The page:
Children with ADHD have endless energy, impulsive impulses, and tend to become easily bored. All of this can add up to a child getting in trouble, spending their days antagonizing siblings, causing trouble and frustrating parents or caregivers. Be prepared for the upcoming summer season with some of the tips below to make your summer with your ADHD child a little calmer and more relaxing:
Create a summer reading program. Children with ADHD so often fall behind in school and reading skills are one of the most important ways parents can help a child stay prepared for school success.
Choose one behavior to work on over the summer. Use the break from school to focus on improving one area. Whether it is social skills, self-confidence, anger control, following directions or completing chores, the summer months can be a great time to make strides. Be sure to choose only one behavior at a time and talk to your child about specific goals. Create a way to measure the progress so everyone knows what success means. See also: Games to Motivate Your Child
Take advantage of local resources. Check into community centers, local colleges or clubs to find enrichment activities and give your child a chance to try something new. Try signing your child up for acting, music or dance lessons. Summer is a great time because it offers exposure to new ideas without a long term commitment.
Structure time as much as possible. Children with ADHD thrive on structure, knowing what to expect and when to expect it. Set a daily routine to include outside play, reading, meal-times, bedtime and limited time for television and video games. Structured days can help in developing self-discipline and in maintaining good behavior. See also: Strategies for Parenting Children with ADHD
Help your child develop friendships. Encourage your child to invite other children to your home to spend time together. Friendships build feelings of self-worth. Help your child plan activities such as riding bikes, going to the movies, skating, going to the mall. Offer to pick up your child’s friend. If your child is young and has difficulty with social skills, you may want the first few visits to be at home, where you can supervise. See also: ADHD - Social Skills for the Child Who Doesn’t Fit In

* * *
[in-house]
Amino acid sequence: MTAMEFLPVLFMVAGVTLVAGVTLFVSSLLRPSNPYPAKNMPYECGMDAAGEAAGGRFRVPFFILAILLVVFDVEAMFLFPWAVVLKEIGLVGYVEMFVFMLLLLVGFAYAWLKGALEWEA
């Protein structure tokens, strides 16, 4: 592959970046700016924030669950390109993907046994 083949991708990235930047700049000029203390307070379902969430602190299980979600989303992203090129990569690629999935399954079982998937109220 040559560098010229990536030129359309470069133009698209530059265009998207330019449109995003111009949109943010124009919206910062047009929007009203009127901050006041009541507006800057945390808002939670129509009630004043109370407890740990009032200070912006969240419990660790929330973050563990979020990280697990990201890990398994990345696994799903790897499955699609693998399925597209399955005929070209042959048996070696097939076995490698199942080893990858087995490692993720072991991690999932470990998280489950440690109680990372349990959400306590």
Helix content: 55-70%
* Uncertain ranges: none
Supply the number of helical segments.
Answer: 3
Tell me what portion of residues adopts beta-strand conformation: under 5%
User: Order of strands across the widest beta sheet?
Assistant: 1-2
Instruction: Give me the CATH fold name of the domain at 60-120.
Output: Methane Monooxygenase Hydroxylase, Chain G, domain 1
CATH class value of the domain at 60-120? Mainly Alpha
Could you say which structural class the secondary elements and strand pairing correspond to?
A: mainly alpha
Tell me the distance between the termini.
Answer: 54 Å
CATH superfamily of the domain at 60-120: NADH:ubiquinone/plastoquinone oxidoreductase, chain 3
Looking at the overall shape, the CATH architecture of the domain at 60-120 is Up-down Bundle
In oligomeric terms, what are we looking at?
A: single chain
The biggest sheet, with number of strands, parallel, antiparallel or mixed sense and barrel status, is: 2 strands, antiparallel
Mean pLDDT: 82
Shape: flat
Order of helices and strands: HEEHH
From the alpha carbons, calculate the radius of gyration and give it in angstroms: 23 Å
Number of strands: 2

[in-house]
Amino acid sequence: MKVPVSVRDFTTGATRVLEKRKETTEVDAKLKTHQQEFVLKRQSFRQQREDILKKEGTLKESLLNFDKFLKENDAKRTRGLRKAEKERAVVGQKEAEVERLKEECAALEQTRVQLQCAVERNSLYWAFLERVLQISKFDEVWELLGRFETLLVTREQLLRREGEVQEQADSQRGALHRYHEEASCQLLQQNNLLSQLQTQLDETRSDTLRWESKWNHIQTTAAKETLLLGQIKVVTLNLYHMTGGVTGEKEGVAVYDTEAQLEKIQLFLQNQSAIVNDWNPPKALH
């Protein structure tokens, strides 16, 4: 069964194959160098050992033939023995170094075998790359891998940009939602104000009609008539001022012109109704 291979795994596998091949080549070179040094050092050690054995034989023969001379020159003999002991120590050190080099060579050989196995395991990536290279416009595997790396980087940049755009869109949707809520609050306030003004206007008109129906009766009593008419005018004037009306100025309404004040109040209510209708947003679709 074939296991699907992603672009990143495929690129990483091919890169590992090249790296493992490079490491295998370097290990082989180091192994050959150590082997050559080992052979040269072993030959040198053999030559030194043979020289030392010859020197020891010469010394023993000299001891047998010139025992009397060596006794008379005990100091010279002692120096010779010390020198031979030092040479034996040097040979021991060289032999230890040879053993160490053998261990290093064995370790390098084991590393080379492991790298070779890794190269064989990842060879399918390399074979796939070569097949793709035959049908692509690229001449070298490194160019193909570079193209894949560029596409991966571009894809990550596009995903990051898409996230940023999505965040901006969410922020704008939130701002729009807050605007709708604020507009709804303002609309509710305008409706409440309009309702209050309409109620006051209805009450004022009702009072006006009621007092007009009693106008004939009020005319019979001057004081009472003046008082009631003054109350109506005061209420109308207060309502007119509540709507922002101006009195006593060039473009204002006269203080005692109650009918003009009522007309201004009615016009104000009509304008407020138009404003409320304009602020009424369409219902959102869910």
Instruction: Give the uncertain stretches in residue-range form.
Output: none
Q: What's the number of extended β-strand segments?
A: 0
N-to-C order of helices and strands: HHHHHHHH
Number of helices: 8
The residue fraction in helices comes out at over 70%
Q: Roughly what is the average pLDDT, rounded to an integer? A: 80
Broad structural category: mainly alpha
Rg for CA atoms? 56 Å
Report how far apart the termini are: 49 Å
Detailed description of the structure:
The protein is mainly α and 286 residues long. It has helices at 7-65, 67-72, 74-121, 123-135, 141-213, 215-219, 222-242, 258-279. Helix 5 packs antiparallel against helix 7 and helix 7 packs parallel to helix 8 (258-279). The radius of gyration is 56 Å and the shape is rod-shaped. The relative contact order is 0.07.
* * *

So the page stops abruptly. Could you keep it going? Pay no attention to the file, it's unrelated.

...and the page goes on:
Have at least one or two scheduled activities each week. Use your child’s interests and sign him or her up for classes, activities or a summer camp. This will give your child something to look forward to and can minimize the number of times you hear, “I’m bored.” See also: Finding a Summer Camp for Your Child with ADHD
Ask for your children’s suggestions on what they would like to do. Your children probably have ideas on what activities they would like. Try to incorporate some of these activities into your summer plans.
Decide whether you are continuing medication through the summer and, if so, are you staying at the same dosage? Some families choose to take a break from medication or to lower the dose during the break from school. Other parents may feel their child needs medication whether in school or not. If changing doses, talk with your doctor first.
Plan ahead. When taking day trips or vacation, decide what you want to do, where you will be stopping, how long you will be there. In addition, take along games, cards, and books to keep your children occupied in the car ride, in the hotel or at relative’s homes. Letting everyone know what is going to happen can minimize the meltdowns, tantrums and misbehaviors. Also see: Surviving Summer Holidays
Make time for you. Often, the summer can leave parents feeling frazzled and exhausted. It is important to take some time for you and your spouse. Hire a babysitter or trade babysitting with friends and relatives to make sure you and your spouse have time to be together, without the kids.
Eileen Bailey is a freelance health writer. She is the author of What Went Right: Reframe Your Thinking for a Happier Now, Idiot’s Guide to Adult ADHD, Idiot’s Guide to Cognitive Behavioral Therapy, Essential Guide to Overcoming Obsessive Love, and Essential Guide to Asperger’s Syndrome. She can be found on Twitter @eileenmbailey and on Facebook at eileenmbailey.